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Herman Miller-Design Within Reach Merger Never Happened According to New Lawsuit

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The plaintiffs are seeking unspecified damages

On Tuesday, The New York Times broke a story on a new lawsuit that claims that the 2014 merger of major high-end furniture purveyors (and midcentury lovers' favorites) Design Within Reach and Herman Miller (of Eames lounge chair and Noguchi table fame) never actually happened.

The claim was filed in Delaware by two longstanding shareholders—Andrew Franklin, who is the president of investment firm UTR, and Charles Almond. They contend that the $154 million deal never went through, and that, as a result, they were "deprived of a ton of value," as Franklin told the Times. They seek unspecified damages.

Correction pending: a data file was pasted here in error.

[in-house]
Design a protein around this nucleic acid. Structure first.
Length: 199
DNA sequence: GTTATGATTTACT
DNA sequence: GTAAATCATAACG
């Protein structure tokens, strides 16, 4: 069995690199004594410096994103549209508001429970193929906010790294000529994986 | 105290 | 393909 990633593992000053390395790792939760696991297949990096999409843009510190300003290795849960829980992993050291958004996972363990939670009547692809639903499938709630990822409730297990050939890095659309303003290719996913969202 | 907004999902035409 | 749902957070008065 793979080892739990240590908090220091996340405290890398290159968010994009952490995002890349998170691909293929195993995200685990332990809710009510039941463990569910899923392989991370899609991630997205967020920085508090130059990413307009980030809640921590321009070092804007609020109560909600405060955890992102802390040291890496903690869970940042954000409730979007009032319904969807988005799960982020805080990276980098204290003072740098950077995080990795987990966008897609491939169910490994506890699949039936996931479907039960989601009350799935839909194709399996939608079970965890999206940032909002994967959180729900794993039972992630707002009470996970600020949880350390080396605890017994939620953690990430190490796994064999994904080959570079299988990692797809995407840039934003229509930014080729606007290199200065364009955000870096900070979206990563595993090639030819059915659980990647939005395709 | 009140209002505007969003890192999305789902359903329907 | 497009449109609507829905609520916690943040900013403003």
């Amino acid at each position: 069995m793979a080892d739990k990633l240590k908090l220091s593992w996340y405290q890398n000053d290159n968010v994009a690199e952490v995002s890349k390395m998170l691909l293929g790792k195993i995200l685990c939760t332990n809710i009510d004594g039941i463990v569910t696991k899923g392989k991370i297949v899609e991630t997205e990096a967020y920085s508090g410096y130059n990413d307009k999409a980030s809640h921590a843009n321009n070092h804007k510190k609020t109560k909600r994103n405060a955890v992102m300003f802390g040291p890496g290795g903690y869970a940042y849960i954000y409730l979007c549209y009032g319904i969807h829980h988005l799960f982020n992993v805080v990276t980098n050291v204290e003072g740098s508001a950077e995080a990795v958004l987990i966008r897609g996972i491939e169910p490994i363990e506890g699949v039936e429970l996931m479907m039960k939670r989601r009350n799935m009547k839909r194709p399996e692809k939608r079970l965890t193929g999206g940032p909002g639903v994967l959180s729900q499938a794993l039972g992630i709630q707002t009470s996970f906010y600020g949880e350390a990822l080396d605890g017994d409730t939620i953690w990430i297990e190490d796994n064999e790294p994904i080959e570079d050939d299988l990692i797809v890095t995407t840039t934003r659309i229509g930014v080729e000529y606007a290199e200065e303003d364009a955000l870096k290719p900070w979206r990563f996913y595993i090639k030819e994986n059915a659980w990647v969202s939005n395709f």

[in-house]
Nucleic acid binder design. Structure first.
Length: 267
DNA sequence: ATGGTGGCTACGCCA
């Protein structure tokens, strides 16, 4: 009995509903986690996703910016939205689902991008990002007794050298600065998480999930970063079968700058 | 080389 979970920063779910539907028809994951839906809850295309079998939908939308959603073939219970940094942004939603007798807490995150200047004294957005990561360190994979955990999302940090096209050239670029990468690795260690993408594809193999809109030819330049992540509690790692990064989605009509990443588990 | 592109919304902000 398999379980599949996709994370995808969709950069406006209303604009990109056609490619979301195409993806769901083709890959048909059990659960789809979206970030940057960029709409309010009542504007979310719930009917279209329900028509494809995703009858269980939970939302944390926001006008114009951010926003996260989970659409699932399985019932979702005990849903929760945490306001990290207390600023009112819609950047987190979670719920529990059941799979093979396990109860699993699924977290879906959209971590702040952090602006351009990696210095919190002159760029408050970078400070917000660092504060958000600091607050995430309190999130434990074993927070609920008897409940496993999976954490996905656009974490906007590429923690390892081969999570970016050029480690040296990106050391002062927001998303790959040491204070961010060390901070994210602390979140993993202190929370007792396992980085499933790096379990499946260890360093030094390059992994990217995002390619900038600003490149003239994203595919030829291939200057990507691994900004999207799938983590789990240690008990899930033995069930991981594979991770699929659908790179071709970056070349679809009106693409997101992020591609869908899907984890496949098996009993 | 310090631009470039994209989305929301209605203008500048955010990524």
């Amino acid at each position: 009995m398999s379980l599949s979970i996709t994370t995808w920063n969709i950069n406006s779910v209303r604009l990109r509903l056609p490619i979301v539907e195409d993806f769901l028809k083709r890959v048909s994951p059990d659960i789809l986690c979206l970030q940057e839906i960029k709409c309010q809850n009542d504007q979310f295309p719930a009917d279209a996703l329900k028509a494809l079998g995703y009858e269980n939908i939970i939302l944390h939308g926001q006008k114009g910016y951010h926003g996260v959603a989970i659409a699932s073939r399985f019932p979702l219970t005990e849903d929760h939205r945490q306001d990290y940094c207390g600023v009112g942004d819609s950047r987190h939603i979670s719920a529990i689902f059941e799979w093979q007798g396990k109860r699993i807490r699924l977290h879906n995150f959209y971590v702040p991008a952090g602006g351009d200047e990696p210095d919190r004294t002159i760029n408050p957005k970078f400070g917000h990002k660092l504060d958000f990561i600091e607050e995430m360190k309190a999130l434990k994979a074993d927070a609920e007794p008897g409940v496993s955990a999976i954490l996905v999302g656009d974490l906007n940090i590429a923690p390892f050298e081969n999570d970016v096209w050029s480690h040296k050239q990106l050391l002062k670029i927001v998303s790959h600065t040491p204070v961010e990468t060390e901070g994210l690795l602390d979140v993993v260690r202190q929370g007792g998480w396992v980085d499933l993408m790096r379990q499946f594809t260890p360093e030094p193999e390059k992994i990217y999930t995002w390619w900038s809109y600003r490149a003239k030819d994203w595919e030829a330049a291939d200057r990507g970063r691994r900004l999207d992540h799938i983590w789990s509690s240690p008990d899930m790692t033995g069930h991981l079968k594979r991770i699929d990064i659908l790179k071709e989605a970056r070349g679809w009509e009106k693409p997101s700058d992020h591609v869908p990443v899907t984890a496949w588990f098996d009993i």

The lawsuit, which is currently in the discovery phase, argues that through a series of technical mistakes, including the unsuccessful reverse split of its shares by Design Within Reach (DWR), Herman Miller never collected the approximately 90% of DWR's shares required to finalize the merger.

If the plaintiffs' claims hold up, the court could theoretically order the merger to be reversed and for DWR to be "carved out" of Herman Miller.

The defendants Herman Miller and the four men who made up DWR's board denied the allegations in court filings.

In response to a request for comment, both Herman Miller and DWR said they won't speak about ongoing legal matters. Head on over to the New York Times for the full story.